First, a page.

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East Wind Rising 

by Ann M. Colford & r & & r & & lt;span class= "dropcap " & I & lt;/span & t was a sunny Friday, one of the last in a string of preternaturally mild October days, the kind of day that encourages writers to emerge from dank warrens and threadbare garrets, squinting in the warm golden haze. Black clothing soaks up a lot of solar heat, I noticed, as Marty Demarest and I slipped away from Inlander HQ for a noon-hour jaunt out to Liberty Lake. In surprisingly little time, we pulled into the city's shopping plaza just south of I-90 to check out the sushi and other goodies at Ding How.





The restaurant has been open for a couple of years now in the space once occupied by Moxie, back in its first incarnation. ("Ding How" means "thumbs up," and the restaurant's thumbs-up logo adorns the menu and banners inside.) The interior has been transformed into a casually eclectic room that tips a hat toward the diversity of East Asian culture -- Japanese floral paintings on the walls, Chinese red paper lanterns hanging overhead, curiously braided leafy green plants on the tables -- while embracing the local season with a dazzling sparkly pumpkin on the sushi bar. The kitchen is hidden in back, behind a curtained window, but owner Bin Liu works in full view behind the sushi bar and glass-front display case filled with brightly colored chunks of fish.





Service was brisk and efficient even as we made our way through the multi-page menu. Our server delivered our hot tea in small bamboo-handled ceramic teapot with matching cups, and we were able to get a refill midway through the meal. Most of the 11 tables were filled with either business lunchers or moms with children on a school holiday.





Inspired by the breadth of the menu offerings, we ordered dishes representing three distinct cultures: the Ma Po Tofu from China, Pad Thai with tofu, and a Japanese sushi roll from the lengthy list of chef's special rolls. Each dish came to the table fresh from the kitchen, as soon as it was ready. First to arrive was the Ma Po Tofu ($9), from the extensive Chinese section of the menu, an incongruous blend of silky smooth bean curd and garlicky ground beef in a rich and spicy brown sauce, served with steamed rice. This dish looks bland on the plate, devoid of color but for the flecks of peas and bits of carrot, but it's infused with a kick of chili-pepper heat that contrasts with the soft, moist chunks of tofu. As the weather turns colder, I can see myself craving both the spicy heat and the comfort-food quality of the gravy-like sauce.





Next came the Pad Thai ($9), a surprisingly colorful platter of saut & eacute;ed noodles in a tomato-tinged sauce with bean sprouts, egg, chopped peanuts, shreds of carrot and vividly green saut & eacute;ed scallions. We added the optional tofu to this Thai standard -- big chunks of deep-fried tofu, satisfyingly crunchy and golden on the outside, pillowy white within.





What was striking about these two selections was the difference in character that the tofu achieved in each: anyone who thinks tofu is boring and tasteless should sample these two examples of its delightful nature. All of the flavors were clean and light, with no lingering oily-mouth or garlic overload.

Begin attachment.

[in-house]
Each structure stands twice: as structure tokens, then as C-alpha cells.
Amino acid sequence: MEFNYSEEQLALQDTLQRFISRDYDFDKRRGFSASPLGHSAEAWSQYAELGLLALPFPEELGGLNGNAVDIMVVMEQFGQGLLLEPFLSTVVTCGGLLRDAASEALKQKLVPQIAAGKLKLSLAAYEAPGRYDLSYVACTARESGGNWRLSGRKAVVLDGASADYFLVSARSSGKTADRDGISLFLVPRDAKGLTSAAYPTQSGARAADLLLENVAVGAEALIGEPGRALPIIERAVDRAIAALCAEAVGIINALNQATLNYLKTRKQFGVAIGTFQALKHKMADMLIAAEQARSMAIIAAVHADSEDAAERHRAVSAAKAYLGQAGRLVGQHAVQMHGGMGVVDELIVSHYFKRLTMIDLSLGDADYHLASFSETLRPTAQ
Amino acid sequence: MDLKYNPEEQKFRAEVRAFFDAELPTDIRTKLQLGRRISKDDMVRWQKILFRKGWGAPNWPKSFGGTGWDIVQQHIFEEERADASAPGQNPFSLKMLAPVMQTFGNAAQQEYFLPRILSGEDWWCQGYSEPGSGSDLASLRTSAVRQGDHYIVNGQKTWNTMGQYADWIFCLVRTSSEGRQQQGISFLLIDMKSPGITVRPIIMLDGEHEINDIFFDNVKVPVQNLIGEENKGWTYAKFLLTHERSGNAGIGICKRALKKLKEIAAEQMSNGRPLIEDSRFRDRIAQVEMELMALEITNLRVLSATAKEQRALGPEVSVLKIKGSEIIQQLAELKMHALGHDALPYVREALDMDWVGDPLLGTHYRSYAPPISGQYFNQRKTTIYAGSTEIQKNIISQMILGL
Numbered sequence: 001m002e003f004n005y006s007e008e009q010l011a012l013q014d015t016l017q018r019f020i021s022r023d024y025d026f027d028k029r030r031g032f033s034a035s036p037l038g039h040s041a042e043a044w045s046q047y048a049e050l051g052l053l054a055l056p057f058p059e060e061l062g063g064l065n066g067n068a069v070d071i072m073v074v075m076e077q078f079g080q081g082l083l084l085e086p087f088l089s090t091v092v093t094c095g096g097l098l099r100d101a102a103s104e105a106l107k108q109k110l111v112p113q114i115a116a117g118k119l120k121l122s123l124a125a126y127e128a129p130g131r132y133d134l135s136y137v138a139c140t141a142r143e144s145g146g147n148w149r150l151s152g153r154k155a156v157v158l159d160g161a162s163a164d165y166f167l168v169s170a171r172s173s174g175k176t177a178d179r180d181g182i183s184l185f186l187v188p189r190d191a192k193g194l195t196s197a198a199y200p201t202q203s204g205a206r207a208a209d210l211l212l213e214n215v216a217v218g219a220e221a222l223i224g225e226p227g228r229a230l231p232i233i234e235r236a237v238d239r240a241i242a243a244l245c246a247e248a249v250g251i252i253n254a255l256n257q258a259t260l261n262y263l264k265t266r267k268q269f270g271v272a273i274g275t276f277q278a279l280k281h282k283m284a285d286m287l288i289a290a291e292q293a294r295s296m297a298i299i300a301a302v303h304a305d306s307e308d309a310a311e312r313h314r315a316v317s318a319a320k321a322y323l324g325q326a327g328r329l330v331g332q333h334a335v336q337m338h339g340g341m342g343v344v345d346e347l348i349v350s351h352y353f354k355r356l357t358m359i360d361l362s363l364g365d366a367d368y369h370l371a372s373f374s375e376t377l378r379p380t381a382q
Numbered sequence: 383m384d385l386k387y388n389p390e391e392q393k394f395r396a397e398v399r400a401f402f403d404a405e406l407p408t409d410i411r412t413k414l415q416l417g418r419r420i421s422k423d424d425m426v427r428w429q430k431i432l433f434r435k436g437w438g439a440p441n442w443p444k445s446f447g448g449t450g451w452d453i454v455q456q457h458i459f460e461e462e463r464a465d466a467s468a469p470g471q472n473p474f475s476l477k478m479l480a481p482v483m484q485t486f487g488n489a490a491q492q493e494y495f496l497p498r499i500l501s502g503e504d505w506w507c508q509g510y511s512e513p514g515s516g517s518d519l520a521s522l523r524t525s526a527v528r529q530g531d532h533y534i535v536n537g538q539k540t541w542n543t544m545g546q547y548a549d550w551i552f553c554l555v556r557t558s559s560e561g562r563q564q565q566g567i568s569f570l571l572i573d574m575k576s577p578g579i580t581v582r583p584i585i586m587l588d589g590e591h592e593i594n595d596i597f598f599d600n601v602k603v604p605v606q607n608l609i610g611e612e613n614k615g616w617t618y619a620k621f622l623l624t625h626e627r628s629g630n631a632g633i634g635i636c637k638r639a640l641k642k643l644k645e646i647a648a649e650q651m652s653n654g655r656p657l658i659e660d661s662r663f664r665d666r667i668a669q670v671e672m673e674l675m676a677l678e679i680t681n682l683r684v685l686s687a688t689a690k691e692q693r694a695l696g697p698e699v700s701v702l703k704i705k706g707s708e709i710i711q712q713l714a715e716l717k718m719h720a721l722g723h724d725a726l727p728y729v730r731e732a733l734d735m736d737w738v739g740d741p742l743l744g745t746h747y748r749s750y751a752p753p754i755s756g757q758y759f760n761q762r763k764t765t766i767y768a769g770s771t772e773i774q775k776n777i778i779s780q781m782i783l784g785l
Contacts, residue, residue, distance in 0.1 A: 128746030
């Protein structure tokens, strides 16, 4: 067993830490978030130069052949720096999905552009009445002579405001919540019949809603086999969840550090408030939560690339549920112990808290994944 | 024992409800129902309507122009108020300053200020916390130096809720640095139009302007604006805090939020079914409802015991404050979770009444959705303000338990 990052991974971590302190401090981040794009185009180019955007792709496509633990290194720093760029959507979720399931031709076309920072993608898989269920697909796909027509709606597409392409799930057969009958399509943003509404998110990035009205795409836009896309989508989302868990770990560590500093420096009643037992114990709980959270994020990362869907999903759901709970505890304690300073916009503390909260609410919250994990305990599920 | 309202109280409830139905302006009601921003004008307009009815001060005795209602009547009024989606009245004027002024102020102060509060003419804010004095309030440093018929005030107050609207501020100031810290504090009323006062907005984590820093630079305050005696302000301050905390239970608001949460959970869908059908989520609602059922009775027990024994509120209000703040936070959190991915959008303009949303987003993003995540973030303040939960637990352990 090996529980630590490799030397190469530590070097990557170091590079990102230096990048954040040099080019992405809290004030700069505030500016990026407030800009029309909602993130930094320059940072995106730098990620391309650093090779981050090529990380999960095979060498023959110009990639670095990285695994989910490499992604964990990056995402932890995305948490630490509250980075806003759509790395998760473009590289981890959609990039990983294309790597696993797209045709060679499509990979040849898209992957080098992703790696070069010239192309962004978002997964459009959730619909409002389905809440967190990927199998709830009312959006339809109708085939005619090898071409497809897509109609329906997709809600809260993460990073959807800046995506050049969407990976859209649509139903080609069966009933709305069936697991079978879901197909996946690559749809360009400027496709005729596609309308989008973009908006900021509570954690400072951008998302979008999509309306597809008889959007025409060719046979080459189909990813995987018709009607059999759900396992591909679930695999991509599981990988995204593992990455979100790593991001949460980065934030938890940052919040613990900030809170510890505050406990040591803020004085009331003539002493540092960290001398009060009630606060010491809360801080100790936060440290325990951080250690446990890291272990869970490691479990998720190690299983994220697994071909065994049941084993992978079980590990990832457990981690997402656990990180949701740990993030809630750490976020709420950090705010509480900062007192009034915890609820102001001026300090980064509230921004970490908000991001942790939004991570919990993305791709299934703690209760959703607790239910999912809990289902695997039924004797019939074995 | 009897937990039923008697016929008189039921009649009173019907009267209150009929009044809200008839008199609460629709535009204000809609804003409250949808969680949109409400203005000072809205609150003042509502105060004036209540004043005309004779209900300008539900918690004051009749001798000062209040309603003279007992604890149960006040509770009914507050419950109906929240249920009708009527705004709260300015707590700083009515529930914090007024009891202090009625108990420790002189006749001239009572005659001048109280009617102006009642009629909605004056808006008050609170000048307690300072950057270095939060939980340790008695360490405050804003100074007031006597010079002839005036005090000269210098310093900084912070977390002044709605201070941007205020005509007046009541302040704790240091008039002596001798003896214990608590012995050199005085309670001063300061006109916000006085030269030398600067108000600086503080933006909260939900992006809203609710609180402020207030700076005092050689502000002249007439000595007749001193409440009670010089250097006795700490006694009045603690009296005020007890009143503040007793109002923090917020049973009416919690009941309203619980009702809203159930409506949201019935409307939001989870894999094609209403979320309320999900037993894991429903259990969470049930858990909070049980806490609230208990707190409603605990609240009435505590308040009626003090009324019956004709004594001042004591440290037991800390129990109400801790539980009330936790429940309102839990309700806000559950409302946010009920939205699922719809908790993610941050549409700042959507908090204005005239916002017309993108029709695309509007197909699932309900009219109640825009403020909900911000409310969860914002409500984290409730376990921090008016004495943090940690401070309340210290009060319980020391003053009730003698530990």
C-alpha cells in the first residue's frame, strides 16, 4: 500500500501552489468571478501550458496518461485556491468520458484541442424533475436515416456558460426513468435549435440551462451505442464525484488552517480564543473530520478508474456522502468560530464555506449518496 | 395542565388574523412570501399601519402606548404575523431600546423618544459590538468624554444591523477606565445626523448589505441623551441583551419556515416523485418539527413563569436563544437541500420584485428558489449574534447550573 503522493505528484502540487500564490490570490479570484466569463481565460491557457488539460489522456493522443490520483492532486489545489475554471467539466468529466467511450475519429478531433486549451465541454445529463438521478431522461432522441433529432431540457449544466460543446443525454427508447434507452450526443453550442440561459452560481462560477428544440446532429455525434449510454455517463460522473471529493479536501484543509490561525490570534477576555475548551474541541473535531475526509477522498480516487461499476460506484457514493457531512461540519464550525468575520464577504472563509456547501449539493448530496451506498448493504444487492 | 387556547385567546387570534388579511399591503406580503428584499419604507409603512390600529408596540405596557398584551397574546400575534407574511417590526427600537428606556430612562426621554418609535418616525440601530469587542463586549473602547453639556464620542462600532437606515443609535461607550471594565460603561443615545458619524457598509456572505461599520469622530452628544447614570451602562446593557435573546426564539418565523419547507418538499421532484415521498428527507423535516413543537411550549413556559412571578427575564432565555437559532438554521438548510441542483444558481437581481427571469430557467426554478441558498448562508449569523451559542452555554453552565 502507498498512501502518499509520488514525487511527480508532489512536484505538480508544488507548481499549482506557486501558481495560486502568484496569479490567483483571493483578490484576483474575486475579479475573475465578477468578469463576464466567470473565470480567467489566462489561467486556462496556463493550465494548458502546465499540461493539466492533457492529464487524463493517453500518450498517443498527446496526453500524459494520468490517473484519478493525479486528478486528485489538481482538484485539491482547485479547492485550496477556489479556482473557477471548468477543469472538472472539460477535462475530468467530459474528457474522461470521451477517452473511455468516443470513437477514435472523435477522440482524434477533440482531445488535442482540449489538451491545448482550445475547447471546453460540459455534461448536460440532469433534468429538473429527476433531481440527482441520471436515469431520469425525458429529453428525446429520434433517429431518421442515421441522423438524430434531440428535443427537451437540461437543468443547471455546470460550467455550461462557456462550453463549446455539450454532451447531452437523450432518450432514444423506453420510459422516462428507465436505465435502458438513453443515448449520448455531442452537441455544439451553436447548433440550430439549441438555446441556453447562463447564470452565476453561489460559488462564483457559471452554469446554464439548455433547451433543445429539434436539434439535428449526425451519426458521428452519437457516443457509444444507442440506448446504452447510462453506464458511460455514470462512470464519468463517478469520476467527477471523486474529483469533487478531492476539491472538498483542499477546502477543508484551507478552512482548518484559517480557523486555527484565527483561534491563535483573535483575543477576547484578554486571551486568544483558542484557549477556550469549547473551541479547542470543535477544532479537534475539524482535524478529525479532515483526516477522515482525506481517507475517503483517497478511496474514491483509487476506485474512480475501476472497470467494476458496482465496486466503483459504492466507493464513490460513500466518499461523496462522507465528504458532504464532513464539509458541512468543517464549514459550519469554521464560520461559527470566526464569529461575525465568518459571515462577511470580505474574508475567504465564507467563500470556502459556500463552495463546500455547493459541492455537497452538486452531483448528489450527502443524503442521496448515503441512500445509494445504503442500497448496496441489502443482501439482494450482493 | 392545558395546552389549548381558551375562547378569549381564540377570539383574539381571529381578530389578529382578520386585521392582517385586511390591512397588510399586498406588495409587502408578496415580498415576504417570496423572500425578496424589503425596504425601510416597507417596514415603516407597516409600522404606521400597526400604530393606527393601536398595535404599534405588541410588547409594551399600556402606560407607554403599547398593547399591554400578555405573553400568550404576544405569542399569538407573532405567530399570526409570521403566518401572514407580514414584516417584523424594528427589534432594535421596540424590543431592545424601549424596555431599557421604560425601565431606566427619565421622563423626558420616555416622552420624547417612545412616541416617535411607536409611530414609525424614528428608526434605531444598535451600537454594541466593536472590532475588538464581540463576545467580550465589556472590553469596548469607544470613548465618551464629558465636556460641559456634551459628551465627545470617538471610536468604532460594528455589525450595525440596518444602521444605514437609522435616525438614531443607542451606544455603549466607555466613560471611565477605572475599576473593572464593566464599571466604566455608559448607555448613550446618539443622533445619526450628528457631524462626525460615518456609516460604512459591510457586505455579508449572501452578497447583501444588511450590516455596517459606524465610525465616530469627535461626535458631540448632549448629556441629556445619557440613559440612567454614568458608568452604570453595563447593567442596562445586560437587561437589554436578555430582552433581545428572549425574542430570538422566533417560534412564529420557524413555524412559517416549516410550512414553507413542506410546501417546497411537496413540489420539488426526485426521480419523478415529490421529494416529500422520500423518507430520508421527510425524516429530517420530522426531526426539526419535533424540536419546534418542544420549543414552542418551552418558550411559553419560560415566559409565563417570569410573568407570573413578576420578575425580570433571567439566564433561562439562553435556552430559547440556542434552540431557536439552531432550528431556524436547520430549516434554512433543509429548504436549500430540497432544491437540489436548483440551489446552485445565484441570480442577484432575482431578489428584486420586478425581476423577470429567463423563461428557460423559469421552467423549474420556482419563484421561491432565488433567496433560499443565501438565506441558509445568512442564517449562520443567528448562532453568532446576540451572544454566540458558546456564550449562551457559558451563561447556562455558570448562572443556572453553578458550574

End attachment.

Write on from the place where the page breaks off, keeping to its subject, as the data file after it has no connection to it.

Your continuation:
Top prize for artful presentation goes to our chef's special sushi called the Yellow Stone roll ($12). It's a long nori-and-rice rollup with tempura shrimp and pink salmon inside, salmon and eel on the outside, topped with two sauces -- one deep brown, and one creamy peach, like the color of Thousand Island dressing -- and tiny shreds of bright orange carrot and green onion. The roll was sliced and fanned into an arc on a sea-blue plate with dabs of green wasabi and pale pink pickled ginger and glistening chunks of orange. And the blend of flavors was delightful.





Our tab totaled about $35 -- a little pricey for a lunch for two, but we had a great variety and enough food left over for another full meal. If you're on a tight budget, the combo-plate lunch specials ($6-$6.50) -- available weekdays only -- may be the way to go. (Just don't try to order a lunch special on Saturday, as I did on an earlier visit.)





The Chinese section of the menu is the largest, filled with the usual suspects; Thai selections tote up with a full list of curries. The Japanese specialties come with miso soup and a green salad. And then there's the extensive array of sushi, sashimi, cut rolls and chef's special rolls made fresh from the sushi bar.





We ended our meal with the ubiquitous fortune cookie. Sated and happy, we climbed back into the car for the drive westward, back to town. Wind-driven clouds banked dramatically on the western horizon, an indicator of the changing seasons. But we remembered that the winter winds off the Pacific carry Asian flavors to places like Ding How. Dreams of sushi will comfort us as we scribble away in the waning daylight.





Ding How, 1332 N. Liberty Lake Rd., Liberty Lake, Wash., is open for lunch Mon-Fri 11 am-2:30 pm, and for dinner Mon-Thu 4-9 pm, Fri 4-10 pm, Sat noon-9 pm and Sun 4-8:30 pm. Takeout is available. Call 921-1901.

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